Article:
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-   -   OT Terribly sad news - Kobe Bryant (https://forums.thepaceline.net/showthread.php?t=246864)

GregL 01-27-2020 08:22 AM

Quote:

Originally Posted by soulspinner (Post 2649142)
It appears more and more that the conditions(extreme fog contributed to this) were poor enough to ground aircraft. What was this pilot doing going into known hilly areas with extremely poor vision?

The key word above is "aircraft." Helicopters have lower requirements for flight under Visual Flight Rules (VFR). Weather conditions that are not authorized for VFR flight in fixed-wing aircraft may be legal and safe for helicopters. That being said, the weather undoubtedly was a factor in this crash. The Sikorsky S-76 is an incredibly capable helicopter certified for instrument flight. Why it was being flown (legally) by just one pilot makes no sense to me. If you can afford an S-76, you can afford a second pilot and the added safety that comes with them.

Greg

soulspinner 01-27-2020 08:35 AM

Quote:

Originally Posted by GregL (Post 2649162)
The key word above is "aircraft." Helicopters have lower requirements for flight under Visual Flight Rules (VFR). Weather conditions that are not authorized for VFR flight in fixed-wing aircraft may be legal and safe for helicopters. That being said, the weather undoubtedly was a factor in this crash. The Sikorsky S-76 is an incredibly capable helicopter certified for instrument flight. Why it was being flown (legally) by just one pilot makes no sense to me. If you can afford an S-76, you can afford a second pilot and the added safety that comes with them.

Greg

Didn't know 2 pilots were a possibility. Glad you chimed in. I know the military uses these copters. Also there were 9 aboard, didn't know it could carry that many. Disorientation can happen to any pilot in extreme conditions and apparently the fog was dense enough that LA police choppers were grounded. Maybe Saab 2000 could illuminate us more.

BobO 01-27-2020 08:51 AM

Doesn't tell us what actually happened, but does seem to suggest that the visibility was a factor;

Quote:

The helicopter carrying Kobe Bryant and eight other passengers that crashed into a hillside in Southern California on Sunday was in a climbing left turn about 2,400 feet high before it dove to the ground, a person familiar with preliminary investigative information about the fatal crash told ESPN.

The source, who spoke on the condition of anonymity, told ESPN that the pilot had only moments before contacted air traffic controllers to say that he had begun a climb to "go above the layer" of clouds present.

The chopper went down in Calabasas, about 30 miles northwest of downtown Los Angeles, after departing John Wayne Airport in Orange County at 9:06 a.m. PT. The first 911 call reporting the crash was received at 9:47

Audio reviewed by ESPN indicates that a few minutes prior to the crash, an air traffic controller told the pilot that he was "still too low level for flight following," meaning the aircraft was below the level at which it could be picked up by radar due to the area's hilly terrain. That audio came from recordings posted on LiveATC.net, which has partial audio of the communication between the pilot and air traffic controllers.

Additional recordings between the pilot and air traffic controllers posted on the site indicate that the pilot was getting guidance from controllers as he navigated what was reported to be dense morning fog.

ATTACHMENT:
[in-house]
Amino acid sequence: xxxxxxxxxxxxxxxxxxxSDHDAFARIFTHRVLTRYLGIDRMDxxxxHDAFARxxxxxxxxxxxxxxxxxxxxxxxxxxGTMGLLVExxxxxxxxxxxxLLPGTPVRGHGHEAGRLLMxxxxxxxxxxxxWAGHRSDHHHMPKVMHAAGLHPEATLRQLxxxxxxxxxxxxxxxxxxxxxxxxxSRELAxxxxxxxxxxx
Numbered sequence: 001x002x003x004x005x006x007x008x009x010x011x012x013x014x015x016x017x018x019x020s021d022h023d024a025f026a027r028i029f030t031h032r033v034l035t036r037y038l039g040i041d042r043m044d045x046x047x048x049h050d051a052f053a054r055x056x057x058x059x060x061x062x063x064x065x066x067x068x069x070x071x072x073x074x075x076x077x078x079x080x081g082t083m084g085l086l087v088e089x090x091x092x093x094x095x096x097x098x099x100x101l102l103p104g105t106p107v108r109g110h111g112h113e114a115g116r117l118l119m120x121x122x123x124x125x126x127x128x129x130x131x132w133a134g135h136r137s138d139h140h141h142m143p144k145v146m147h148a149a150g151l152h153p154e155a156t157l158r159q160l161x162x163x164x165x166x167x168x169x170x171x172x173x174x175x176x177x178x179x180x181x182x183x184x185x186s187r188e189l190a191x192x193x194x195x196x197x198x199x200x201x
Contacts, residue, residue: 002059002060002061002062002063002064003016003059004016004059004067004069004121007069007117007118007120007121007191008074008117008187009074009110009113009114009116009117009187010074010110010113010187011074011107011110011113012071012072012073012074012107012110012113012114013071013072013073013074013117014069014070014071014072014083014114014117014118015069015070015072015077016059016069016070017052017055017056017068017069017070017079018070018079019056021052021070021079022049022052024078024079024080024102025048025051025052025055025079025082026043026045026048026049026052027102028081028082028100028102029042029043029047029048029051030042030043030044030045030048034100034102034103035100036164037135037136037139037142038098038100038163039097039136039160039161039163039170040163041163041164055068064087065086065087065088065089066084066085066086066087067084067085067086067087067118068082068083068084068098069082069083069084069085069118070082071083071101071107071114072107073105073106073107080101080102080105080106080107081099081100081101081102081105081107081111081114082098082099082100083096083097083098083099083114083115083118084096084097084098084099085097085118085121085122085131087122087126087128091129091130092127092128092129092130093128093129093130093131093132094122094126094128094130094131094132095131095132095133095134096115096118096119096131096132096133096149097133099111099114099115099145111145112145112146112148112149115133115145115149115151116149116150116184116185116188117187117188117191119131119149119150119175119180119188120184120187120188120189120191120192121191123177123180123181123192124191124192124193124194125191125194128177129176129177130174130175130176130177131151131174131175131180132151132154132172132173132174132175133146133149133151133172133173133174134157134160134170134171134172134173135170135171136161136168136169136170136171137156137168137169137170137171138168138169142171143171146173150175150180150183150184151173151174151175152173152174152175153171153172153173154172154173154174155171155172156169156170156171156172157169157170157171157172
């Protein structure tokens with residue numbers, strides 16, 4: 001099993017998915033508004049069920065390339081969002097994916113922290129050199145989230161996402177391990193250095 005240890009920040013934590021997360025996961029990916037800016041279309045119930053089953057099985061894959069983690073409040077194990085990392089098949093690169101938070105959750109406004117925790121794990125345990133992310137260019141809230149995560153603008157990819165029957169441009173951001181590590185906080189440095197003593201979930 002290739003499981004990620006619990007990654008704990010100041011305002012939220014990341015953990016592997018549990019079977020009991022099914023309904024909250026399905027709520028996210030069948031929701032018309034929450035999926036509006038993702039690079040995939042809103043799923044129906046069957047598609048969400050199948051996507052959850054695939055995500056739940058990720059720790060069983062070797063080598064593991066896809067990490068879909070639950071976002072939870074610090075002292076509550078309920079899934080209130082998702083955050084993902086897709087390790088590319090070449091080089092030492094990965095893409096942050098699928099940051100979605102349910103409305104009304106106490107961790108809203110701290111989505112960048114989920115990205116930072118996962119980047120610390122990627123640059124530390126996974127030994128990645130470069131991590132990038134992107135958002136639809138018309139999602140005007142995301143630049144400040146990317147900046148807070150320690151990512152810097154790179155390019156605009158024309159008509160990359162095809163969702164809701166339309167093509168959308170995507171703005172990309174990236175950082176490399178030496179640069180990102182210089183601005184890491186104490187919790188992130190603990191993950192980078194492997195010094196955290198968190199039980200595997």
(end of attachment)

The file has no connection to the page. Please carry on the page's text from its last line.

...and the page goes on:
Air traffic controllers noted poor visibility around Burbank, just to the north, and Van Nuys, to the northwest. After holding up the helicopter for other aircraft, the controllers cleared the Sikorsky S-76 to proceed north along Interstate 5 through Burbank before turning west to follow U.S. Route 101, the Ventura Highway.

Shortly after 9:40 a.m., the helicopter turned again, toward the southeast, and climbed to more than 2,000 feet above sea level. It then descended and crashed into a hillside at about 1,400 feet, according to data from Flightradar24.

When it struck the ground, the helicopter was flying at about 160 knots (184 mph) and descending at a rate of more than 4,000 feet per minute (45 mph), the Flightradar24 data showed.
https://www.espn.com/nba/story/_/id/...urn-rapid-dive

Still anonymous sources (and ESPN) so take it for what it is.

oldpotatoe 01-27-2020 09:35 AM

Quote:

Originally Posted by GregL (Post 2649162)
The key word above is "aircraft." Helicopters have lower requirements for flight under Visual Flight Rules (VFR). Weather conditions that are not authorized for VFR flight in fixed-wing aircraft may be legal and safe for helicopters. That being said, the weather undoubtedly was a factor in this crash. The Sikorsky S-76 is an incredibly capable helicopter certified for instrument flight. Why it was being flown (legally) by just one pilot makes no sense to me. If you can afford an S-76, you can afford a second pilot and the added safety that comes with them.

Greg

All true..helicopters can operate 'clear of clouds' but pretty sure, still need 3 miles vis. As for 2 crew..really depends...A lot of aircraft are single pilot certified, even in IFR, the S-76 is. No guarantee that this aircraft wouldn't have flown into the hill with 2 pilots. I thinking he didn't have 3 miles vis tho..

jr59 01-27-2020 09:51 AM

Well, I met Kobe while he was still in HS. A blind guy could tell he was going to be a pro, even then, he was a total jerk then. A bad kid.

I was use to dealing with high level HS talent, but he took the cake. I told his father that I cannot use him on my team. He was the best player by far, but the headache was to much.

Over the years, I watched him make many mistakes, BUT, I’m happy to say, I watched him grow up. Mature would be a better term. I’m sorry for the families and for all the things Kobe was involved in these days. Some real good stuff. So RIP young man.

Mike V 01-27-2020 10:00 AM

Radio transmissions from flight.

https://m.youtube.com/watch?feature=...&v=B0pQfgi9ZqU

GregL 01-27-2020 10:34 AM

Quote:

Originally Posted by oldpotatoe (Post 2649197)
All true..helicopters can operate 'clear of clouds' but pretty sure, still need 3 miles vis. As for 2 crew..really depends...A lot of aircraft are single pilot certified, even in IFR, the S-76 is. No guarantee that this aircraft wouldn't have flown into the hill with 2 pilots. I thinking he didn't have 3 miles vis tho..